# qml.resource.estimate_shots¶

estimate_shots(coeffs, variances=None, error=0.0016)[source]

Estimate the number of measurements required to compute an expectation value with a target error.

See also estimate_error().

Parameters
• coeffs (list[tensor_like]) – list of coefficient groups

• variances (list[float]) – variances of the Pauli word groups

• error (float) – target error in computing the expectation value

Returns

the number of measurements

Return type

int

Example

>>> coeffs = [np.array([-0.32707061, 0.7896887]), np.array([0.18121046])]
>>> qml.resource.estimate_shots(coeffs)
419218


An estimation for the number of measurements $$M$$ required to predict the expectation value of an observable $$H = \sum_i A_i$$, with $$A = \sum_j c_j O_j$$ representing a linear combination of Pauli words, can be obtained following Eq. (34) of [PRX Quantum 2, 040320 (2021)] as

$M = \frac{\left ( \sum_i \sqrt{\text{Var}(A_i)} \right )^2}{\epsilon^2},$

with $$\epsilon$$ and $$\text{Var}(A)$$ denoting the target error in computing $$\left \langle H \right \rangle$$ and the variance in computing $$\left \langle A \right \rangle$$, respectively. It has been shown in Eq. (10) of [arXiv:2201.01471v3] that the variances can be computed from the covariances between the Pauli words as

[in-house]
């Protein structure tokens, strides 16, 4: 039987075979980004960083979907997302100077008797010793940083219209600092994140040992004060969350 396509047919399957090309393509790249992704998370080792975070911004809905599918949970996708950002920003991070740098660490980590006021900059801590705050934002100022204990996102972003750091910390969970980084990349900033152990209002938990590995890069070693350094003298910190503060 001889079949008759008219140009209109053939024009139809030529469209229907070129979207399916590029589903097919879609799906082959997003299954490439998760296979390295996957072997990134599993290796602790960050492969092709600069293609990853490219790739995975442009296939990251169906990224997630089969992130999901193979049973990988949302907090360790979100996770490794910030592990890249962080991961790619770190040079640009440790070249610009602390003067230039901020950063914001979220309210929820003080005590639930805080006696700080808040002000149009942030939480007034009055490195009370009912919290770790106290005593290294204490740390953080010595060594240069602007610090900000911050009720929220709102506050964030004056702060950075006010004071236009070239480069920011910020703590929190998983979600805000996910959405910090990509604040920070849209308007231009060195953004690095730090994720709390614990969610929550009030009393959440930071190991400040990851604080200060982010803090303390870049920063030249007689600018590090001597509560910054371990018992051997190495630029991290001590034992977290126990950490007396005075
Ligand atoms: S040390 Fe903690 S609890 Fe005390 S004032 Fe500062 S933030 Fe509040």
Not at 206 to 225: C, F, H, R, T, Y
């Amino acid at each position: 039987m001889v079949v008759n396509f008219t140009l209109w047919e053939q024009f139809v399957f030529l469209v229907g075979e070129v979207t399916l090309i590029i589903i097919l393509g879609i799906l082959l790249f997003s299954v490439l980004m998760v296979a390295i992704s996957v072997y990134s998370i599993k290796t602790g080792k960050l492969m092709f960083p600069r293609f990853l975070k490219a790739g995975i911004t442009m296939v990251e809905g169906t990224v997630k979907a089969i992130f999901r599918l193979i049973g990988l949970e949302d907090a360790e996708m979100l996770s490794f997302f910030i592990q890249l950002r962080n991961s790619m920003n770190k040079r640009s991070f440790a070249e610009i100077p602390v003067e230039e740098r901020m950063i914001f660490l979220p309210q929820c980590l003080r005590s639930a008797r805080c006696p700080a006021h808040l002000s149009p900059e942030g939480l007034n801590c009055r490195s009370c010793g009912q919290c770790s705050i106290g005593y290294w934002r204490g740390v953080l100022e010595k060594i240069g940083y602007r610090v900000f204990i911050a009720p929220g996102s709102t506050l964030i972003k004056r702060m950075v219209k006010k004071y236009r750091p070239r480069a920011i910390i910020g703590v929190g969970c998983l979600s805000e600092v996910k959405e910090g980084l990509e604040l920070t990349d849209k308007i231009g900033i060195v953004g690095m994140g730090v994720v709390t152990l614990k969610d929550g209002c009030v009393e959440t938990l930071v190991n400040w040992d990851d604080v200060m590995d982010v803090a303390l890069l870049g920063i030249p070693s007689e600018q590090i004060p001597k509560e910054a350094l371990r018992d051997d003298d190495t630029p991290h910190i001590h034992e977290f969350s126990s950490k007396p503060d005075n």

$\text{Var}(A_i) = \sum_{jk} c_j c_k \text{Cov}(O_j, O_k),$

where

$\text{Cov}(O_j, O_k) = \left \langle O_j O_k \right \rangle - \left \langle O_j \right \rangle \left \langle O_k \right \rangle.$

The values of $$\text{Cov}(O_j, O_k)$$ are not known a priori and should be either computed from affordable classical methods, such as the configuration interaction with singles and doubles (CISD), or approximated with other methods. If the variances are not provided to the function as input, they will be approximated following Eqs. (6-7) of [Phys. Rev. Research 4, 033154, 2022] by assuming $$\text{Cov}(O_j, O_k) =0$$ for $$j \neq k$$ and using $$\text{Var}(O_i) \leq 1$$ from

$\text{Var}(O_i) = \left \langle O_i^2 \right \rangle - \left \langle O_i \right \rangle^2 = 1 - \left \langle O_i \right \rangle^2.$

This approximation gives

$M \approx \frac{\left ( \sum_i \sqrt{\sum_j c_{ij}^2} \right )^2}{\epsilon^2},$

where $$i$$ and $$j$$ run over the observable groups and the Pauli words inside the group, respectively.